Enter Vince Taylor.

Vince is everything Paul isn’t: sexy, confident, and dumber than the proverbial box of rocks. And for some reason, Vince pursues Paul relentlessly. Vince must be messing with him, because there is no way Vince could want someone like Paul.

But when Paul hits Vince with his car—in a completely unintentional if-he-died-it’d-only-be-manslaughter kind of way—he’s forced to see Vince in a whole new light. The only thing stopping Paul from believing in Vince is himself—and that is one obstacle Paul can’t quite seem to overcome. But when tragedy strikes Vince’s family, Paul must put aside any notions he has about himself and stand next to the man who thinks he’s perfect the way he is.


Review

TJ Klune is taking all my money but its okay. I will have his books to reread when I don’t have any food,

This is a funny treasure of a book that I will reread again and again. So, even though I wish the price was a little lower, it is a great investment.

I love me a plain and chubby hero. Seriously. I do and they are so hard to find. I also love when a world is a known one so for romances with gay characters I prefer the leads to already be out.

This book is silly in the best way. It is a romp and very self aware with the best jokes, situations, and dialogue.

I read passages out loud to my husband and giggled and so did he.

The setting and the secondary characters are amazing. Kooky and zany everywhere and yet real.

Paul is wonderful. Vince is wonderful.

There is a tender exploration of imperfections. I love that neither intellectual or body perfection trump the quality of character in this book. So good!

It is a slow burn that is sexy as hell.

Bye! I am off to buy more Klune books!

How To Be A Normal Person by T.J. Klune Review

  How to Be a Normal Person by T.J. Klune 4.5 Stars!!!

Gustavo Tiberius is not normal. He knows this. Everyone in his small town of Abby, Oregon, knows this. He reads encyclopedias every night before bed. He has a pet ferret called Harry S. Truman. He owns a video rental store that no one goes to. His closest friends are a lady named Lottie with drag queen hair and a trio of elderly Vespa riders known as the We Three Queens.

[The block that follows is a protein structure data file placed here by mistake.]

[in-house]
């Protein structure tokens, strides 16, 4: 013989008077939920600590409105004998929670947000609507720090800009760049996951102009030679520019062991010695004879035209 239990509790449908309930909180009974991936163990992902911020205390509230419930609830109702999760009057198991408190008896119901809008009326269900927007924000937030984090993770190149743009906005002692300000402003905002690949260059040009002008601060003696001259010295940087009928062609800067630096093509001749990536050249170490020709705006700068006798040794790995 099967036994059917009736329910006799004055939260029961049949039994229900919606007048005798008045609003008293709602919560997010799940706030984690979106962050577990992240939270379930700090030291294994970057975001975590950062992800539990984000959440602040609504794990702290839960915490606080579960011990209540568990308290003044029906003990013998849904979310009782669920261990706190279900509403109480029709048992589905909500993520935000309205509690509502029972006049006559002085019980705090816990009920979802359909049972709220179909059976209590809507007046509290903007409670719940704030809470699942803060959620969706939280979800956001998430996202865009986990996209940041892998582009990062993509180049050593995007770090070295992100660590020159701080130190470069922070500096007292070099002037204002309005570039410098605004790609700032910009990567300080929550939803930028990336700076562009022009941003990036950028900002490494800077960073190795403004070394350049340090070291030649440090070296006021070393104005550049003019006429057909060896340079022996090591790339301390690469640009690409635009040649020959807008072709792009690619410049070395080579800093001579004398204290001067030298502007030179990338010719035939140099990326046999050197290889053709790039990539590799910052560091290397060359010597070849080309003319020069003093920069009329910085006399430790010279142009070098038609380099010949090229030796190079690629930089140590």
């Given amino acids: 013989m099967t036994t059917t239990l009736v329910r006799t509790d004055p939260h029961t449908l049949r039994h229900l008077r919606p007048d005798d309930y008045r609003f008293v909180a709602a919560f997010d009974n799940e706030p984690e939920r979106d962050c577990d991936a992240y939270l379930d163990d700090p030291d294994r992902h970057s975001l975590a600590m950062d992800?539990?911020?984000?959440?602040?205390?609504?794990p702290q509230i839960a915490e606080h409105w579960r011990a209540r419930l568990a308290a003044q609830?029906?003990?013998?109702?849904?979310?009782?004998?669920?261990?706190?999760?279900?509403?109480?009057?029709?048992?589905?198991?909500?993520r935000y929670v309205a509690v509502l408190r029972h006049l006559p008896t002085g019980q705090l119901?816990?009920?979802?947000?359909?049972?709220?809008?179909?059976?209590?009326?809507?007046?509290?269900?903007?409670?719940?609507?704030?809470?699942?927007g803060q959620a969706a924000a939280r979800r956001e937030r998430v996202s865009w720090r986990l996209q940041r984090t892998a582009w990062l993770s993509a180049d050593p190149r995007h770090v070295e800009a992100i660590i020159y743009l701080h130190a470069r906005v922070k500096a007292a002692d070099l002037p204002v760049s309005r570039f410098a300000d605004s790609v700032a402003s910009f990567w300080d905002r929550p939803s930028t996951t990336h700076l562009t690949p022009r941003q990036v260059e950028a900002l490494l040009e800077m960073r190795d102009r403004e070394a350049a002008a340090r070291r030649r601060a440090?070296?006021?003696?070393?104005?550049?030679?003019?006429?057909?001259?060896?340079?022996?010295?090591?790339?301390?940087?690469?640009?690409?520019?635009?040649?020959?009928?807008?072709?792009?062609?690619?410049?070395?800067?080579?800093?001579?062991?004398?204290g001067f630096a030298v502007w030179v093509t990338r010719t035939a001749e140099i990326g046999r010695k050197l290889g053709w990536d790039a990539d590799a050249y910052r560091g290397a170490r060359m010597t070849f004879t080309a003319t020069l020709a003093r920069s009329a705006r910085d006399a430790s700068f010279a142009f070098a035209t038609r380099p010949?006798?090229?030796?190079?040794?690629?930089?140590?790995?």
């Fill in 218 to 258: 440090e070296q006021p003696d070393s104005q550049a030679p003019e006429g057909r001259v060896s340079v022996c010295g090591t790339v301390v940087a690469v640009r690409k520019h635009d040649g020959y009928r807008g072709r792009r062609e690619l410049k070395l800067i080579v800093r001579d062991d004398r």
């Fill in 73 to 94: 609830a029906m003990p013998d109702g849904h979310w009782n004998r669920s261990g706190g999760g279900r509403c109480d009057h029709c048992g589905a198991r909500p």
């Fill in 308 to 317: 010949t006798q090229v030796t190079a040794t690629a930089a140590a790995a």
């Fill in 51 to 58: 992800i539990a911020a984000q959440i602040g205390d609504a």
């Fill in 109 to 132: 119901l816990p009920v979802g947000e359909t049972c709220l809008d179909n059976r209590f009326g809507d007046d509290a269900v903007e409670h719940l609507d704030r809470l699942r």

Gus is not normal. And he’s fine with that. All he wants is to be left alone.

Until Casey, an asexual stoner hipster and the newest employee at Lottie’s Lattes, enters his life. For some reason, Casey thinks Gus is the greatest thing ever. And maybe Gus is starting to think the same thing about Casey, even if Casey is obsessive about Instagramming his food.

But Gus isn’t normal and Casey deserves someone who can be. Suddenly wanting to be that someone, Gus steps out of his comfort zone and plans to become the most normal person ever.

After all, what could possibly go wrong?

 

Review

 So, it looks like TJ Klune will just be getting all my money. I love discovering a new to me writer that is this good. My bank account has other feelings.

The comic pacing and imagination of this book amazes. There is such much fun and detail.

If you don’t like quirky characters, don’t read this. Every character in the book is quirky turned to 11 even the albino ferret. I delight in zane and oddball and here me roar so I was clapping with glee but they are all very strange, bright, and complexly human. Love me an old lady Vespa gang.

But under all the silly, quirk, and randomness is a very tender love story about friendship, grieving a partner, and being odd and human.

The fact that one of our heroes is asexual is thoughtfully explored and the other hero’s relationship with his beloved father is everything.

I did wish for just a bit more in terms of getting an epilogue or just more HEA but really this is the most endearing book and I can’t wait to reread it.